To explore factors influencing the expansion of the peer-based technologist Coaching Model Program (CMP) from its origins in mammography and ultrasound to all imaging modalities at a single tertiary academic medical center.After success in mammography and ultrasound, efforts to expand the CMP across all Stanford Radiology modalities commenced in September 2020. From February to April 2021 as lead coaches piloted the program in these novel modalities, an implementation science team designed and conducted semistructured stakeholder interviews and took observational notes at learning collaborative meetings. Data were analyzed using inductive-deductive approaches informed by two implementation science frameworks.Twenty-seven interviews were collected across modalities with radiologists (n = 5), managers (n = 6), coaches (n = 11), and technologists (n = 5) and analyzed with observational notes from six learning meetings with 25 to 40 recurrent participants. The number of technologists, the complexity of examinations, or the existence of standardized auditing criteria for each modality influenced CMP adaptations. Facilitators underlying program expansion included cross-modality learning collaborative, thoughtful pairing of coach and technologist, flexibility in feedback frequency and format, radiologist engagement, and staged rollout. Barriers included lack of protected coaching time, lack of pre-existing audit criteria for some modalities, and the need for privacy of auditing and feedback data.Adaptations to each radiology modality and communication of these learnings were key to disseminating the existing CMP to new modalities across the entire department. An intermodality learning collaborative can facilitate the dissemination of evidence-based practices across modalities.

    View details for DOI 10.1016/j.jacr.2022.10.007

    View details for PubMedID 37302811

  • Evolution of a Project to Improve Inpatient-to-Outpatient Dermatology Care Transitions: Mixed Methods Evaluation. JMIR dermatology Kling, S. M., Aleshin, M. A., Saliba-Gustafsson, E. A., Garvert, D. W., Brown-Johnson, C. G., Amano, A., Kwong, B. Y., Calugar, A., Shaw, J. G., Ko, J. M., Winget, M. 2023; 6: e43389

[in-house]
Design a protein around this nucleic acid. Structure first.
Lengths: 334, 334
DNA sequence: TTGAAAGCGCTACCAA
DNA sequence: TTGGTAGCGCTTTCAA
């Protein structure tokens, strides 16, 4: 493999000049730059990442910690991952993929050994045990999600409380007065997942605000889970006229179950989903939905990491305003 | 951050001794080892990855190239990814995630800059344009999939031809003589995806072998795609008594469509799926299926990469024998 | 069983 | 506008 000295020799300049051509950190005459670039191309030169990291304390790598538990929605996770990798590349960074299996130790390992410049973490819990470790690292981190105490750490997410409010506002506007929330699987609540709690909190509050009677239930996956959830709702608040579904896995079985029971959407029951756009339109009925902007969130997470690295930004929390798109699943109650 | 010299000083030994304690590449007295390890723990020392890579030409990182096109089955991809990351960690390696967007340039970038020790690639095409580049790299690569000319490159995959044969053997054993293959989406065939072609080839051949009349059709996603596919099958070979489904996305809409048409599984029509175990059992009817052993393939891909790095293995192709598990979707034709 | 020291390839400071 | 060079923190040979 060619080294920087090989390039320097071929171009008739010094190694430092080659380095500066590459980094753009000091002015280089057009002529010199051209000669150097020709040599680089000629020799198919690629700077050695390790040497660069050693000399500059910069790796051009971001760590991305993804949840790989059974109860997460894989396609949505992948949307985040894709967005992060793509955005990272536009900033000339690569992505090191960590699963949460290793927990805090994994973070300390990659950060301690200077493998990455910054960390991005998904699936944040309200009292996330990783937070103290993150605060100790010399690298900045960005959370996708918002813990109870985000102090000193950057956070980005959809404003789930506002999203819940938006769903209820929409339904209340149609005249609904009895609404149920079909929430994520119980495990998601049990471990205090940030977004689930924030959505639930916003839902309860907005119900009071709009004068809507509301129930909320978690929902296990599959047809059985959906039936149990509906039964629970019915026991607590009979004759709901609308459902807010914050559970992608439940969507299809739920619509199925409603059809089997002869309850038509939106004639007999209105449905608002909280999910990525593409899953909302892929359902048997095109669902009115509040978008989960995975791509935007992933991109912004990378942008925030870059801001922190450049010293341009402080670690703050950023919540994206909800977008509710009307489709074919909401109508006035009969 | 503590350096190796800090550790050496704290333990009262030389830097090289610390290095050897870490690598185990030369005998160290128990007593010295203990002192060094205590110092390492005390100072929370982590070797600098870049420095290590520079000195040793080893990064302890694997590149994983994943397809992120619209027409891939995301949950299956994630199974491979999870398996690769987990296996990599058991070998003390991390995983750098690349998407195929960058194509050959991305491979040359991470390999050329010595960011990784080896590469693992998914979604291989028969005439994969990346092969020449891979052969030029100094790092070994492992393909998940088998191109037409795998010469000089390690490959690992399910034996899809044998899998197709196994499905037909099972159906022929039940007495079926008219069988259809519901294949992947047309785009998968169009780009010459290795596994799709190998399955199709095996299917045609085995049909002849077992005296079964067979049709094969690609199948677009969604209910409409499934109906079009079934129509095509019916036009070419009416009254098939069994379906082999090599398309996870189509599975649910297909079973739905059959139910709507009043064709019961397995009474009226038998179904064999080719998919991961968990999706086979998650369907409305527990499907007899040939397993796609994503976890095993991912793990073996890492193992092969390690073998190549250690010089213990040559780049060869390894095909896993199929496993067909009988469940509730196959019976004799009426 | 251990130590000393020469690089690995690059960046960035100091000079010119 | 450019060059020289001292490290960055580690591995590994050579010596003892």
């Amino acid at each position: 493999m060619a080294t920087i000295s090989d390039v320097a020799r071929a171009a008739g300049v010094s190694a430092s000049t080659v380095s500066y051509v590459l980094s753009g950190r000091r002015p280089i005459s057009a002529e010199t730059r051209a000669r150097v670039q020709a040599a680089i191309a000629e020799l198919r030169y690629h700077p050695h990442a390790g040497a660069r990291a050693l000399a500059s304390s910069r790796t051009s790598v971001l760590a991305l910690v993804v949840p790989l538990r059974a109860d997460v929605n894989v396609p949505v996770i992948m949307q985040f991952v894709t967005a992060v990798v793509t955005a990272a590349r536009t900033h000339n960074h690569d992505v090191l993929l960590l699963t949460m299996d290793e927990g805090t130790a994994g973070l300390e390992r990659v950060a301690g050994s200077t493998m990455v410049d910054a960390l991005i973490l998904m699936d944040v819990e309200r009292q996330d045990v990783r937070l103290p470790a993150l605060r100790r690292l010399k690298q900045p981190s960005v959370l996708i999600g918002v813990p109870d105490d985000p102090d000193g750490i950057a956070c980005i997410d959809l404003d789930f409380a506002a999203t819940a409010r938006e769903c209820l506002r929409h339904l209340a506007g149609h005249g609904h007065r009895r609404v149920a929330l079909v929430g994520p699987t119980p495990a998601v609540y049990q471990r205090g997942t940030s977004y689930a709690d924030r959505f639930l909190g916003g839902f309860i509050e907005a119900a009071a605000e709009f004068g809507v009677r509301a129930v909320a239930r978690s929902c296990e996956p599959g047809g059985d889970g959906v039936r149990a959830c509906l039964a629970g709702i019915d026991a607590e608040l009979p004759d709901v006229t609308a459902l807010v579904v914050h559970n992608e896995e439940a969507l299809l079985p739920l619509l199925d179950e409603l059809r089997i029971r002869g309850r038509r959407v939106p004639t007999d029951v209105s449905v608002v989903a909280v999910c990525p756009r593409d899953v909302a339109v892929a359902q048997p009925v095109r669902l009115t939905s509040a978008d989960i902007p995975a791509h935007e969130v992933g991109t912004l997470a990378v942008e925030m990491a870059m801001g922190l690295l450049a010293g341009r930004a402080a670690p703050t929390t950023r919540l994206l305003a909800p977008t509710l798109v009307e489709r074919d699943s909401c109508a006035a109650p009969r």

BACKGROUND: In-hospital dermatological care has shifted from dedicated dermatology wards to consultation services, and some consulted patients may require postdischarge follow-up in outpatient dermatology. Safe and timely care transitions from inpatient-to-outpatient specialty care are critical for patient health, but communication around these transitions can be disjointed, and workflows can be complex.OBJECTIVE: In this 3-phase quality improvement effort, we developed and evaluated an intervention that leveraged an electronic health record (EHR) feature, known as SmartPhrase, to enable a new workflow to improve transitions from inpatient care to outpatient dermatology.METHODS: Phase 1 (February-March 2021) included interviews with patients and process mapping with key stakeholders to identify gaps and inform an intervention: a SmartPhrase table and associated workflow to promote collection of patient information needed for scheduling follow-up and closed-loop communication between dermatology and scheduling teams. In phase 2 (April-May 2021), semistructured interviews-with dermatologists (n=5), dermatology residents (n=5), and schedulers (n=6)-identified pain points and refinements. In phase 3, the intervention was evaluated by triangulating data from these interviews with measured changes in scheduling efficiency, visit completion, and messaging volume preimplementation (January-February 2021) and postimplementation (April-May 2021).RESULTS: Preintervention pain points included unclear workflow for care transitions, limited patient input in follow-up planning, multiple messaging channels (eg, EHR based, email, and phone messages), and time-inefficient patient tracking. The intervention addressed most pain points; interviewees reported the intervention was easy to adopt and improved scheduling efficiency, workload, and patient involvement. More visits were completed within the desired timeframe of 14 days after discharge during the postimplementation period (21/47, 45%) than the preimplementation period (28/41, 68%; P=.03). The messaging workload also decreased from 88 scheduling-related messages sent for 25 patients before implementation to 30 messages for 8 patients after implementation.CONCLUSIONS: Inpatient-to-outpatient specialty care transitions are complex and involve multiple stakeholders, thus requiring multifaceted solutions. With deliberate evaluation, broad stakeholder input, and iteration, we designed and implemented a successful solution using a standard EHR feature, SmartPhrase, integrated into a standardized workflow to improve the timeliness of posthospital specialty care and reduce workload.

    View details for DOI 10.2196/43389

    View details for PubMedID 37632927

  • Improving Public Knowledge and Attitudes About Palliative Care Through Virtual, Community-Based Education Smith, G. M., Bragg, A. R., Kling, S. R., Holdsworth, L., Towey, K., Cao-Nasalga, A. ELSEVIER SCIENCE INC. 2023: E600